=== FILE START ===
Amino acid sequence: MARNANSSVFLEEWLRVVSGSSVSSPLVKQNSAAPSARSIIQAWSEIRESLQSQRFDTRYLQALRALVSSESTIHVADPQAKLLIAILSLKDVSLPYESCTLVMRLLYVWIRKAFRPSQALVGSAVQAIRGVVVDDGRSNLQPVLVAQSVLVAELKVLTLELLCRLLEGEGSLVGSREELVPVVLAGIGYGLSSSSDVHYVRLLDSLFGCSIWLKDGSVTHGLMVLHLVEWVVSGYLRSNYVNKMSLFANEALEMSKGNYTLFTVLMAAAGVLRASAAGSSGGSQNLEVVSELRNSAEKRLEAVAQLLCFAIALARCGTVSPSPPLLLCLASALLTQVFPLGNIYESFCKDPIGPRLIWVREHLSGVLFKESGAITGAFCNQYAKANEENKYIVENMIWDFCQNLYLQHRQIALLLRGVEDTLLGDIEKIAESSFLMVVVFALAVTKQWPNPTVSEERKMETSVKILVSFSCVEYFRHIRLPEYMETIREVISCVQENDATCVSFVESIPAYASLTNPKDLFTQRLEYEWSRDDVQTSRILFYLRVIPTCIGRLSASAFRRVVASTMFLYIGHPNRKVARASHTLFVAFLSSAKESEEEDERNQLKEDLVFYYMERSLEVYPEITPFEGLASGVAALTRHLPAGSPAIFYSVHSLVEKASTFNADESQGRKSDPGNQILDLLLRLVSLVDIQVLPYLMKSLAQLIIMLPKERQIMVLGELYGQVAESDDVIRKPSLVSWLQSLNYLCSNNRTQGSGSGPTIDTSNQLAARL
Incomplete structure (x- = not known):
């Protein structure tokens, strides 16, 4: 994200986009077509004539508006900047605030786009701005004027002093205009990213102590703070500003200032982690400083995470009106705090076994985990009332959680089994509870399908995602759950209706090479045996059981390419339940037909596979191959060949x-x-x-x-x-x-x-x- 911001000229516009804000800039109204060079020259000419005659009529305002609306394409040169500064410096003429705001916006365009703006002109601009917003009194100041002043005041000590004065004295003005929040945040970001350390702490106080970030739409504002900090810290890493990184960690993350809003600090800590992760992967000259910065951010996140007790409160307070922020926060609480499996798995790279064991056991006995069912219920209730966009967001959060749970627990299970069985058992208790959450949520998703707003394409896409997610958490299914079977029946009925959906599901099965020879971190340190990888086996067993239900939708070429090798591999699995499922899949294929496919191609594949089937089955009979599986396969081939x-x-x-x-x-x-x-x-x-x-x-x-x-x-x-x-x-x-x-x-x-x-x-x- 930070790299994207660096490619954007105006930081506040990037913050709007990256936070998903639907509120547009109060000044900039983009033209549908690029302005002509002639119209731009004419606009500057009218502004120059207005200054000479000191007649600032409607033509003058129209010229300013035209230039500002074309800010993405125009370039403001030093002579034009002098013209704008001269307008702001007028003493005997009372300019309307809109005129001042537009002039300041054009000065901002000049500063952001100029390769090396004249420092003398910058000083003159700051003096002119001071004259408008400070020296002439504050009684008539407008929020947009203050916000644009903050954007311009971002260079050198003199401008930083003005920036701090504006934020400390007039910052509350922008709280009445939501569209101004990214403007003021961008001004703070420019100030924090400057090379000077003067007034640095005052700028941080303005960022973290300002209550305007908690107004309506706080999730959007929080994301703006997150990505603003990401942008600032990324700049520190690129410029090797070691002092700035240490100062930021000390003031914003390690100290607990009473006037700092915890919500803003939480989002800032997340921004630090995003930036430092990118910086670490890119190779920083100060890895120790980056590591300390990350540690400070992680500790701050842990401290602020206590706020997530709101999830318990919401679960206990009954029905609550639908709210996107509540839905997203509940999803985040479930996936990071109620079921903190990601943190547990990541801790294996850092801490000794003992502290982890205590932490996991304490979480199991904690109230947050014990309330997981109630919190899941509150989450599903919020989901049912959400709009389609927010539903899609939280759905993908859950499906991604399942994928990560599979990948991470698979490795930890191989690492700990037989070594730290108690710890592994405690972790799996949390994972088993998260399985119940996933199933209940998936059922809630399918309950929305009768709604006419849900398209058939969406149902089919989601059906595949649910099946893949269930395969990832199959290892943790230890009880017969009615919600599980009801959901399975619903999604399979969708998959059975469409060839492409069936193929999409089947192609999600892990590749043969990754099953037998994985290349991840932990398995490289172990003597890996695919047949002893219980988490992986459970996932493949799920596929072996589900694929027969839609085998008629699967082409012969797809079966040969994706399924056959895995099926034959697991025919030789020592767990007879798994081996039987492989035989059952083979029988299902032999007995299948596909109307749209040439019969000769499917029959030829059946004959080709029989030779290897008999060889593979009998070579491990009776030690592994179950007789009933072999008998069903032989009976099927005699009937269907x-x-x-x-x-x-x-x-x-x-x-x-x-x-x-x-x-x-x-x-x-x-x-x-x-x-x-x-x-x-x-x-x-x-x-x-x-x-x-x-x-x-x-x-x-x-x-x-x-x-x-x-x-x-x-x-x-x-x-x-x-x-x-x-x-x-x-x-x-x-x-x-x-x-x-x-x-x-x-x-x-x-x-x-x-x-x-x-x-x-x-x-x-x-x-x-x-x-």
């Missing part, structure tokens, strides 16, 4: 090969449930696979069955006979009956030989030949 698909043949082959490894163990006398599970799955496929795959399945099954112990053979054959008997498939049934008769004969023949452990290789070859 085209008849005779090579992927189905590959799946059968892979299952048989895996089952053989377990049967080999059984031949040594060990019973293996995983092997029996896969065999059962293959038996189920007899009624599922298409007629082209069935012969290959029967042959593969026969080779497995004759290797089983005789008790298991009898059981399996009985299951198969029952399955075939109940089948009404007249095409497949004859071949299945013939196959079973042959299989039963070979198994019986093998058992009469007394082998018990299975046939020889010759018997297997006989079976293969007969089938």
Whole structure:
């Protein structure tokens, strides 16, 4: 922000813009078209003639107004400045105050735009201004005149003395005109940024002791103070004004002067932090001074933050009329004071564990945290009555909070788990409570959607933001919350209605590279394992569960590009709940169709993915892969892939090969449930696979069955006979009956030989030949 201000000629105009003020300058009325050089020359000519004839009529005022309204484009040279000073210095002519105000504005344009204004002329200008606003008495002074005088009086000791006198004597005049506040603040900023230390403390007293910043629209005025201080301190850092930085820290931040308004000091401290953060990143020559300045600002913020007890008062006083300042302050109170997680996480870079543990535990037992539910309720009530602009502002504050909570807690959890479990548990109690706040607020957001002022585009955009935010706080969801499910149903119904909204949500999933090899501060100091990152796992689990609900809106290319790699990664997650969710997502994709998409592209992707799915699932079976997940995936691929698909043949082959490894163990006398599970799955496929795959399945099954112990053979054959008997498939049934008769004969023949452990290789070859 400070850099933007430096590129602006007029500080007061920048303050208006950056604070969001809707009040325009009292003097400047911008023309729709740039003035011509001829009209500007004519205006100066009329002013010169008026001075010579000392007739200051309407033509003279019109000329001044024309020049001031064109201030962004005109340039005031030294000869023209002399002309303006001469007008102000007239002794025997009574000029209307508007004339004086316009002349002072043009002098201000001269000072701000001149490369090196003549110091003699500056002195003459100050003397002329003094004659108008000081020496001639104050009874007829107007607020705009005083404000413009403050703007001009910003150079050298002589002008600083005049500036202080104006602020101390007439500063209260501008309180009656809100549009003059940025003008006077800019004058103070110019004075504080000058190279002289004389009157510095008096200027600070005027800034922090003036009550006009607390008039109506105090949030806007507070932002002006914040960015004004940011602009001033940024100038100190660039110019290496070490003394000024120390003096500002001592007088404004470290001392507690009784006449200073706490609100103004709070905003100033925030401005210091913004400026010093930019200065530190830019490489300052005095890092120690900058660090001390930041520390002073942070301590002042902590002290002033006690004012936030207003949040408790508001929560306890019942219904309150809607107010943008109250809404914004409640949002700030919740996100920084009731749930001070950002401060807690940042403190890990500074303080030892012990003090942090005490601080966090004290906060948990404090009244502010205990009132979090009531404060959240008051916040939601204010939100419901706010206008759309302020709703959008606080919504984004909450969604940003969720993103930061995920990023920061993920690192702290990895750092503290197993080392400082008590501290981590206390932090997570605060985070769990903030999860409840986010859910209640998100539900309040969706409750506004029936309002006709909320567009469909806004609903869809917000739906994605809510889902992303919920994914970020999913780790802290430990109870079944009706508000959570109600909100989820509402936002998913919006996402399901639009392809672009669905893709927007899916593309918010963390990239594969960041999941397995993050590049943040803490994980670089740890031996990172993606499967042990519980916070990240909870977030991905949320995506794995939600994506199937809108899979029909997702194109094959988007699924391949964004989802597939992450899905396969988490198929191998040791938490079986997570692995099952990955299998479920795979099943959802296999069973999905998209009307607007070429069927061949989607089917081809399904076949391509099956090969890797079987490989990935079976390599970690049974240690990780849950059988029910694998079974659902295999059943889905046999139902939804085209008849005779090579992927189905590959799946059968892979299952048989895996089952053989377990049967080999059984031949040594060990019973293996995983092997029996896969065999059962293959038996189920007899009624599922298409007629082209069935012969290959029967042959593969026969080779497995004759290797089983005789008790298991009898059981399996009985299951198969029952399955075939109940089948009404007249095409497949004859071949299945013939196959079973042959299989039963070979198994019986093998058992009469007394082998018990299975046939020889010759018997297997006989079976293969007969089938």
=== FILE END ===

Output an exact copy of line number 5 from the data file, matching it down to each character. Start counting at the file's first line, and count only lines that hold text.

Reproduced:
Whole structure: